Windows Vista

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Windows Vista

An earlier version of Windows for the desktop. Released in late 2006 for businesses and early 2007 for consumers, Vista came in six versions (see Windows Vista versions). Numerous features were added, including improved security (see NGSCB) and greater support for digital rights management, but Vista required more memory than XP, typically 2GB.

Although Vista added enhancements, it was fraught with bugs and considered by many to be the worst or second worst version of Windows ever released (Windows ME generally won the top prize). However, Windows 7 superseded Vista and was a dramatic improvement. See Windows ME and Windows 7.

New User Interface
Many Vista elements changed from XP including terminology, menus and dialog boxes. Vista's "Aero" interface took advantage of PCs with advanced 3D graphics, providing features such as translucent window borders (see Aero). Also changed was the file/folder hierarchy in Explorer (see Vista breadcrumbs).

Enhanced Search and File Management
Vista speeded up the indexed file searching over Windows XP and enabled results to be stored in a virtual folder that was updated automatically. The search also extended to syndication feeds, and developers could employ the search capability in their own programs.

Messaging, Workflow and User Identity
Vista included new systems for local messaging between applications and Web services, a workflow component for automating tasks and a user identity system for personal information and site logon. These functions were also available for Windows XP and Windows Server 2003. See .NET Framework.

New Document Interchange Format - XPS
Vista supported the XML Paper Specification (XPS) document format. Enabling digital signatures and digital rights to be applied to the documents, XPS also keeps the page layout intact from computer to computer, similar to Adobe's PDF format. See XML Paper Specification.

Downsized Before Released
One eagerly awaited feature was Windows Future Storage (see WinFS), a subsystem incorporating a relational database on top of the NTFS file system. Although highly touted, WinFS was never completed.

XP and Vista Explorer Windows
Explorer's terminology and hierarchy changed in Vista with many names made shorter as in this comparison to Windows XP. All the "My's" were dropped. My Computer, My Network Places and My Documents changed to "Computer," "Network" and "Documents." Shared Documents changed to "Public."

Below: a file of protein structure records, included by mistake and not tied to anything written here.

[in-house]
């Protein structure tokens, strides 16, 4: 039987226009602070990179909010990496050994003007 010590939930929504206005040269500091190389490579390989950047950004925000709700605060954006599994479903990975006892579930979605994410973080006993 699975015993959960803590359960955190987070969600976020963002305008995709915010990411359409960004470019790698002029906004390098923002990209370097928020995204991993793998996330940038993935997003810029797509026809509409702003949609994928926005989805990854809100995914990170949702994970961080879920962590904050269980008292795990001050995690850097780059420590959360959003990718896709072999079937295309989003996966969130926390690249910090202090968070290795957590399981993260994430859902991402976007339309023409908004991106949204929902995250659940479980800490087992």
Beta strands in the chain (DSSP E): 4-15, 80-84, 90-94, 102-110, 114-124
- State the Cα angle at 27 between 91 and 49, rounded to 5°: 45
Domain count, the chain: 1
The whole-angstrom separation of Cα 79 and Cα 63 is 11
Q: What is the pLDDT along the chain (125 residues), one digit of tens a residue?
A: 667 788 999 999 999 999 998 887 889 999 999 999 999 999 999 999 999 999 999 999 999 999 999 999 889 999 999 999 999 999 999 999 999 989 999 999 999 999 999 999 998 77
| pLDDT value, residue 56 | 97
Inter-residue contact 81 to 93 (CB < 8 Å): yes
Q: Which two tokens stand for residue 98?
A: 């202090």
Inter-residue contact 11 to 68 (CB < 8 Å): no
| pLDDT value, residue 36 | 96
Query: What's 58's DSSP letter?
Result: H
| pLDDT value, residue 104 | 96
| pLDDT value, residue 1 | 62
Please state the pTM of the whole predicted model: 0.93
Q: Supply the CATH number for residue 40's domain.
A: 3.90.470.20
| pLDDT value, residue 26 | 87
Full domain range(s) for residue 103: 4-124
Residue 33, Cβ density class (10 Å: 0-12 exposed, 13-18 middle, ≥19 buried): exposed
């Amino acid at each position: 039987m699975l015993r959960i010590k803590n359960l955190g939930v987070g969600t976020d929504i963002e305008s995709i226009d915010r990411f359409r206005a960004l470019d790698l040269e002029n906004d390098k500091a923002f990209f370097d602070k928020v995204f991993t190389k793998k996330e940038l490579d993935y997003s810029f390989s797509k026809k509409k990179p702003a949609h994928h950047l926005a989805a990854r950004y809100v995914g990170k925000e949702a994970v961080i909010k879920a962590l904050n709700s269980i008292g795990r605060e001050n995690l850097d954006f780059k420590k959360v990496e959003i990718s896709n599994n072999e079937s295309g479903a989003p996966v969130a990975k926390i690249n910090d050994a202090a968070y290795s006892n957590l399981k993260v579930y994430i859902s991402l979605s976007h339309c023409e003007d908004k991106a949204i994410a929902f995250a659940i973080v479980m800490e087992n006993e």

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-- Silky smooth 1080p high definition video including Blu-ray movies -- Exciting video game play with support for Microsoft's DirectX 10 API -- Support for premium Windows Vista features including Aero Glass and Flip3D -- GPU acceleration for faster photo editing and video transcoding
"A key benefit of Windows Vista is an improved security experience for customers," said Jeff Prince, senior director in Windows Product Management at Microsoft.
Home networking devices that carry the Windows Vista logo, as well as Windows Vista-based PCs and the Xbox 360 gaming console, all use Windows Rally technologies.
AOL confirmed that AOL Mail users with Windows Vista will be able to download, customise and use the gadget to help keep in touch with their contacts.
Elsewhere, MS have reminded those who tested early versions of Windows Vista that the software will stop working on June 1.
The release also paved the way for thousands of PC manufacturers around the globe to begin delivering Windows Vista on new PCs.
Meanwhile, Autodesk and Microsoft announced that DWF collaboration technology has been integrated into the Windows Vista operating system.
Windows Vista offers many new features and a great deal of functionality.
The latest version can work fully compatible with Windows Vista and provides multi-language support, such as English, Dutch, Danish and etc.
After performing a hands-on analysis of Windows Vista, I'm happy to report that Microsoft's long-awaited new operating system is more than just glitzy bells and whistles.
No new technology promises to cause more change than the release of Microsoft Windows Vista, the first major Windows release in over half a decade.
Acrobats, blaring music and plenty of hype accompanied Microsoft's long-delayed debut of its new Windows Vista computer system.

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